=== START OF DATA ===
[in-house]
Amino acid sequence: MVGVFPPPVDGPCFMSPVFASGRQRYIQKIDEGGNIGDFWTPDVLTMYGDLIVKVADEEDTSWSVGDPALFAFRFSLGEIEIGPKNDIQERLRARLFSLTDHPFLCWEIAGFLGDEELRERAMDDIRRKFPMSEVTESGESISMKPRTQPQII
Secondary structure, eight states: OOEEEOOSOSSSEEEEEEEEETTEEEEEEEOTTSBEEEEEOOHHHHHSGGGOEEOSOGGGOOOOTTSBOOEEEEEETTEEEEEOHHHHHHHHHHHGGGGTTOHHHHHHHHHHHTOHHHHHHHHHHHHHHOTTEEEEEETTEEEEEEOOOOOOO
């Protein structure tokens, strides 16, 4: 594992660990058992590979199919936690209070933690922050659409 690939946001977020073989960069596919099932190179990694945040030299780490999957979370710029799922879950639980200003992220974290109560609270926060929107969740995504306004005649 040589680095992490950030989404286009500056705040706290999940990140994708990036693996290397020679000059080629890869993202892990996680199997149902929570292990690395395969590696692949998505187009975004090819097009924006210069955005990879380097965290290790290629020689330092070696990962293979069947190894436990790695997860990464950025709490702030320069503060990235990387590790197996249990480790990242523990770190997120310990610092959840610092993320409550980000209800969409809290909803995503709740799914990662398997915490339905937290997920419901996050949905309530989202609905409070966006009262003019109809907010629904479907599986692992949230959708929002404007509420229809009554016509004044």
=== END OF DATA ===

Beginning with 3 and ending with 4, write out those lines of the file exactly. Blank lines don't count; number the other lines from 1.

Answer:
Secondary structure, eight states: OOEEEOOSOSSSEEEEEEEEETTEEEEEEEOTTSBEEEEEOOHHHHHSGGGOEEOSOGGGOOOOTTSBOOEEEEEETTEEEEEOHHHHHHHHHHHGGGGTTOHHHHHHHHHHHTOHHHHHHHHHHHHHHOTTEEEEEETTEEEEEEOOOOOOO
């Protein structure tokens, strides 16, 4: 594992660990058992590979199919936690209070933690922050659409 690939946001977020073989960069596919099932190179990694945040030299780490999957979370710029799922879950639980200003992220974290109560609270926060929107969740995504306004005649 040589680095992490950030989404286009500056705040706290999940990140994708990036693996290397020679000059080629890869993202892990996680199997149902929570292990690395395969590696692949998505187009975004090819097009924006210069955005990879380097965290290790290629020689330092070696990962293979069947190894436990790695997860990464950025709490702030320069503060990235990387590790197996249990480790990242523990770190997120310990610092959840610092993320409550980000209800969409809290909803995503709740799914990662398997915490339905937290997920419901996050949905309530989202609905409070966006009262003019109809907010629904479907599986692992949230959708929002404007509420229809009554016509004044």